15 julio, 2024

Biomolecules: what they are, definition, types, functions

What are biomolecules?

The biomolecules or biological molecules They are the chemical compounds with which living beings are formed, that is: human beings, animals, plants, fungi, bacteria, parasites, etc.

Like all chemical compounds, biomolecules are made up of atoms of different elements, but mainly from the group consisting of carbon (C), hydrogen (H), oxygen (O), nitrogen (N), phosphorus (P ) and sulfur (S). Many times these are known as bioelements.

Biomolecules are fundamental for the existence of living beings, since they are considered the small blocks with which cells are built, which are the basic units of life.

All cells, in addition to being made up of biomolecules, need them to feed and nourish themselves, to reproduce and move, and to interact with the environment that surrounds them.

In nature there are many different types of biomolecules, but among all of them there are four that are particularly important: nucleic acids, proteins, carbohydrates and lipids, which are also known as macromolecules; we will see immediately why its importance is due.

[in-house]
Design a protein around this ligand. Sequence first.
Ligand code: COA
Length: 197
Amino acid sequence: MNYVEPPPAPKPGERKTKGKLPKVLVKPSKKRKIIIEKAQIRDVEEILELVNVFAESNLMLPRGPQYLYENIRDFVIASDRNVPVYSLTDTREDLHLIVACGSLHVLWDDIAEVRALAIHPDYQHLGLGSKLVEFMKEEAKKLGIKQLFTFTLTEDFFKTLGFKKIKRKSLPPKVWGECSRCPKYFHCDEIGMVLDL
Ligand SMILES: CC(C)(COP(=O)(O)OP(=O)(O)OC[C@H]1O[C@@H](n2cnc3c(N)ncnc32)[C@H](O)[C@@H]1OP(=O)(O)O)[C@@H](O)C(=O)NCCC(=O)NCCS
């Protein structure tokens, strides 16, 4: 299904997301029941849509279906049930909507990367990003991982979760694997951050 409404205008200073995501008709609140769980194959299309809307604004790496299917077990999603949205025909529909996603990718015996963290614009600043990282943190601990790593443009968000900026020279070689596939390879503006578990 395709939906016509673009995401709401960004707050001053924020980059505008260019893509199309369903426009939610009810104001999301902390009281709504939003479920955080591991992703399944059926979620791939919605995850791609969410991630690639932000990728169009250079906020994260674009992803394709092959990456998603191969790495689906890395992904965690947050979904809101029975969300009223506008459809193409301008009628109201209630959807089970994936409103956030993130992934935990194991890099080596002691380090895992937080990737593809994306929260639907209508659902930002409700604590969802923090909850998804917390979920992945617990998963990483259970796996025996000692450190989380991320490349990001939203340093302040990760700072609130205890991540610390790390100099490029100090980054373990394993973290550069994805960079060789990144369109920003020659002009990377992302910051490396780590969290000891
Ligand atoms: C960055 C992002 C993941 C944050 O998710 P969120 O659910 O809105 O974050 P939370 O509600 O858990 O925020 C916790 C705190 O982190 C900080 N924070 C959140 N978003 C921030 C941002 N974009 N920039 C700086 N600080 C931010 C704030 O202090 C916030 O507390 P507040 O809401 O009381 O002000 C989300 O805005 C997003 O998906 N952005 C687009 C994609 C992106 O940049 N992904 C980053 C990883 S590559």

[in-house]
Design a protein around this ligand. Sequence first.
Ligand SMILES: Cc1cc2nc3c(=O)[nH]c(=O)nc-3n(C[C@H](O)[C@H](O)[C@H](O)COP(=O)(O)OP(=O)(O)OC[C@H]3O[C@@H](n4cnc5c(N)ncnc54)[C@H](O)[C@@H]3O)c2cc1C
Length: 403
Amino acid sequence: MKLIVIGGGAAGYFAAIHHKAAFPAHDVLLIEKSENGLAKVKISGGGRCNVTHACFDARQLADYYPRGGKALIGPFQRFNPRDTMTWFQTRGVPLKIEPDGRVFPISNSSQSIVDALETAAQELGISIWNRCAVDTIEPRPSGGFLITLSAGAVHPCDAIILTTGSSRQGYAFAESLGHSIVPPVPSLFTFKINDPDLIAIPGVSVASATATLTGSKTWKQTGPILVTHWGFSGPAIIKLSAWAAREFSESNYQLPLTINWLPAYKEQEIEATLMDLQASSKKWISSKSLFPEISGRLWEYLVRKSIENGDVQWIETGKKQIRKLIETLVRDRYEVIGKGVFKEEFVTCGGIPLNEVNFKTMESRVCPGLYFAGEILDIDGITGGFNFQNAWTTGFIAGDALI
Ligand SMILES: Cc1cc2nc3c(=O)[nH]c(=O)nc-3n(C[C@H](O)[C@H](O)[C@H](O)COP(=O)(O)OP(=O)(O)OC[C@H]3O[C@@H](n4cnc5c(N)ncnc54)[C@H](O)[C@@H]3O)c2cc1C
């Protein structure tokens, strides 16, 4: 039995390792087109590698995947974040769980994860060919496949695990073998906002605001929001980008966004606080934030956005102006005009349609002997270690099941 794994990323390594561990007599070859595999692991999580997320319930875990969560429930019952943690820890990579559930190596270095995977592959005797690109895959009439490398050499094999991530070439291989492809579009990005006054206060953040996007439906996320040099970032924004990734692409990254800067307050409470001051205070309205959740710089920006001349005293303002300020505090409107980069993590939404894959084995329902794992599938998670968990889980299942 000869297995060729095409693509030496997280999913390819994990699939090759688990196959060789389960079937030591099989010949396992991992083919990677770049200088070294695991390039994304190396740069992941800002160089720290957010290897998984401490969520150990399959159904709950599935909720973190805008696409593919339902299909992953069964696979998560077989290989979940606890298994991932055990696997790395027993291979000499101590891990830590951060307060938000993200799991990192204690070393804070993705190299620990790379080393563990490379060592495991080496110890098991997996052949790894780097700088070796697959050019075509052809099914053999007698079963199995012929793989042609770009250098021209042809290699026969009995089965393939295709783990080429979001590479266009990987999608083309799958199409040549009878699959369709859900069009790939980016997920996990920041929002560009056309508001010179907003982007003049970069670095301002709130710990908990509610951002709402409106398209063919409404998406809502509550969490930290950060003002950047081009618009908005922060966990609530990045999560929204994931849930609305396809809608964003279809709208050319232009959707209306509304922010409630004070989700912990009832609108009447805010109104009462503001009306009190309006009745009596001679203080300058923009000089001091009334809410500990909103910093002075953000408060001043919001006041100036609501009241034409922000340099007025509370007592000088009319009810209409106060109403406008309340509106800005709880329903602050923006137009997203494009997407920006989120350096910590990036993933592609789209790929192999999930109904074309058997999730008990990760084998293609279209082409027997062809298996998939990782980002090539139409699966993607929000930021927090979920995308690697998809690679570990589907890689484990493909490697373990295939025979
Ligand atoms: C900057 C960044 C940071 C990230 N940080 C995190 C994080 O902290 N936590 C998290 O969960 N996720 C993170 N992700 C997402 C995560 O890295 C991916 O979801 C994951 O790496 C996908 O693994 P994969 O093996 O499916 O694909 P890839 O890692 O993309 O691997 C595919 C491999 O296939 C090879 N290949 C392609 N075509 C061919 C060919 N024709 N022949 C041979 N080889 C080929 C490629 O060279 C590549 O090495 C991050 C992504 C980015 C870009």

Functions of biomolecules

Biomolecules are so important for living beings that it is sometimes difficult to summarize what are the specific functions they fulfill, however, we can highlight the following:

They store, multiply and transmit the information that contains the instructions necessary to manufacture other biomolecules, as well as for a cell to reproduce, feed itself and regulate its internal processes.
They are the structural components that give support, shape and movement to all the types of cells that exist in nature and that form the living beings that we know.
They function as sources of energy that cells use to carry out their tasks and even represent energy reserves that can only be used when needed.
They participate in intracellular and intercellular communication, either as messages, as receiving sites, or as message multipliers.

Classification of biomolecules (types)

According to their chemical characteristics, different authors make the distinction between two main types of biomolecules:

organic biomolecules.
inorganic biomolecules.